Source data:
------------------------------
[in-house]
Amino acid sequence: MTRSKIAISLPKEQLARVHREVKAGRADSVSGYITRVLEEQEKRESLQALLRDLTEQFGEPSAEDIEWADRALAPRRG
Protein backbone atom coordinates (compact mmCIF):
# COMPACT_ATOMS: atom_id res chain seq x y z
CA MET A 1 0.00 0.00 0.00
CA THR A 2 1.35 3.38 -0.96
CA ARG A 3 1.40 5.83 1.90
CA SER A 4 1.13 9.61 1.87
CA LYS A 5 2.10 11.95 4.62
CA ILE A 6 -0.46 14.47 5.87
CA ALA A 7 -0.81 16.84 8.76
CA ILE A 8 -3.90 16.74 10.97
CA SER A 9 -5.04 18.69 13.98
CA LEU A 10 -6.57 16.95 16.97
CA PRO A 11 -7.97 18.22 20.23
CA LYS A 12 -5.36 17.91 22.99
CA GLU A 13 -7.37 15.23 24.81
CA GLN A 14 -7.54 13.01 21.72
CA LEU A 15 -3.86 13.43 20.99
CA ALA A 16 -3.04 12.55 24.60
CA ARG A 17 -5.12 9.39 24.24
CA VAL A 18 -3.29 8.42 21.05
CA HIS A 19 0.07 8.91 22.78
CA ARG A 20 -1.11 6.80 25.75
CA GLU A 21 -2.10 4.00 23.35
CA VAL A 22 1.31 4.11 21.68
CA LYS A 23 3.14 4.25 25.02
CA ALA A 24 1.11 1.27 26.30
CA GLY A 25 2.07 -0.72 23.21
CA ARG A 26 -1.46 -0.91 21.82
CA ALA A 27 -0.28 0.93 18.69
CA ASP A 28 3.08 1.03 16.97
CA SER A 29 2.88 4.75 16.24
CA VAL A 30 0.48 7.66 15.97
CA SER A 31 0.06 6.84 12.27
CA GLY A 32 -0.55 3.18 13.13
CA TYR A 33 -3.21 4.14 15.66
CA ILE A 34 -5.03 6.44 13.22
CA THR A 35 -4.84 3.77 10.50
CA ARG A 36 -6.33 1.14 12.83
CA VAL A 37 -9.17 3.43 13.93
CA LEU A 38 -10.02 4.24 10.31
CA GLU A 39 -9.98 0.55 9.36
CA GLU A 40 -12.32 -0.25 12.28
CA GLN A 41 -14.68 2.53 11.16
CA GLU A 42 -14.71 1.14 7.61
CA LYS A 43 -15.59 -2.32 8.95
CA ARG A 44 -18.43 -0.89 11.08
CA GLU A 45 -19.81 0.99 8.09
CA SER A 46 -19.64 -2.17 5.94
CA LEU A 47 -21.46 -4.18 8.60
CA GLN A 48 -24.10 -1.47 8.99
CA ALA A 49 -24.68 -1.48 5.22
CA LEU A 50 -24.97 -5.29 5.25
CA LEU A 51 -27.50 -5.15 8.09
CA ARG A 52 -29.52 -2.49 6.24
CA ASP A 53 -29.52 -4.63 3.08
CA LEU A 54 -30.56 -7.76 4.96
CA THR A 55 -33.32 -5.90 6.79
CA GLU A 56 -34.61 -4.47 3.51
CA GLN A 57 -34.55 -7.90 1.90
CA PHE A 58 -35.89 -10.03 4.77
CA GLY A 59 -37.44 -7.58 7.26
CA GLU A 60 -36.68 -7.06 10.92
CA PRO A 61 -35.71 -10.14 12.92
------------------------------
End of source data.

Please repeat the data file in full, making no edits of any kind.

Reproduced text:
[in-house]
Amino acid sequence: MTRSKIAISLPKEQLARVHREVKAGRADSVSGYITRVLEEQEKRESLQALLRDLTEQFGEPSAEDIEWADRALAPRRG
Protein backbone atom coordinates (compact mmCIF):
# COMPACT_ATOMS: atom_id res chain seq x y z
CA MET A 1 0.00 0.00 0.00
CA THR A 2 1.35 3.38 -0.96
CA ARG A 3 1.40 5.83 1.90
CA SER A 4 1.13 9.61 1.87
CA LYS A 5 2.10 11.95 4.62
CA ILE A 6 -0.46 14.47 5.87
CA ALA A 7 -0.81 16.84 8.76
CA ILE A 8 -3.90 16.74 10.97
CA SER A 9 -5.04 18.69 13.98
CA LEU A 10 -6.57 16.95 16.97
CA PRO A 11 -7.97 18.22 20.23
CA LYS A 12 -5.36 17.91 22.99
CA GLU A 13 -7.37 15.23 24.81
CA GLN A 14 -7.54 13.01 21.72
CA LEU A 15 -3.86 13.43 20.99
CA ALA A 16 -3.04 12.55 24.60
CA ARG A 17 -5.12 9.39 24.24
CA VAL A 18 -3.29 8.42 21.05
CA HIS A 19 0.07 8.91 22.78
CA ARG A 20 -1.11 6.80 25.75
CA GLU A 21 -2.10 4.00 23.35
CA VAL A 22 1.31 4.11 21.68
CA LYS A 23 3.14 4.25 25.02
CA ALA A 24 1.11 1.27 26.30
CA GLY A 25 2.07 -0.72 23.21
CA ARG A 26 -1.46 -0.91 21.82
CA ALA A 27 -0.28 0.93 18.69
CA ASP A 28 3.08 1.03 16.97
CA SER A 29 2.88 4.75 16.24
CA VAL A 30 0.48 7.66 15.97
CA SER A 31 0.06 6.84 12.27
CA GLY A 32 -0.55 3.18 13.13
CA TYR A 33 -3.21 4.14 15.66
CA ILE A 34 -5.03 6.44 13.22
CA THR A 35 -4.84 3.77 10.50
CA ARG A 36 -6.33 1.14 12.83
CA VAL A 37 -9.17 3.43 13.93
CA LEU A 38 -10.02 4.24 10.31
CA GLU A 39 -9.98 0.55 9.36
CA GLU A 40 -12.32 -0.25 12.28
CA GLN A 41 -14.68 2.53 11.16
CA GLU A 42 -14.71 1.14 7.61
CA LYS A 43 -15.59 -2.32 8.95
CA ARG A 44 -18.43 -0.89 11.08
CA GLU A 45 -19.81 0.99 8.09
CA SER A 46 -19.64 -2.17 5.94
CA LEU A 47 -21.46 -4.18 8.60
CA GLN A 48 -24.10 -1.47 8.99
CA ALA A 49 -24.68 -1.48 5.22
CA LEU A 50 -24.97 -5.29 5.25
CA LEU A 51 -27.50 -5.15 8.09
CA ARG A 52 -29.52 -2.49 6.24
CA ASP A 53 -29.52 -4.63 3.08
CA LEU A 54 -30.56 -7.76 4.96
CA THR A 55 -33.32 -5.90 6.79
CA GLU A 56 -34.61 -4.47 3.51
CA GLN A 57 -34.55 -7.90 1.90
CA PHE A 58 -35.89 -10.03 4.77
CA GLY A 59 -37.44 -7.58 7.26
CA GLU A 60 -36.68 -7.06 10.92
CA PRO A 61 -35.71 -10.14 12.92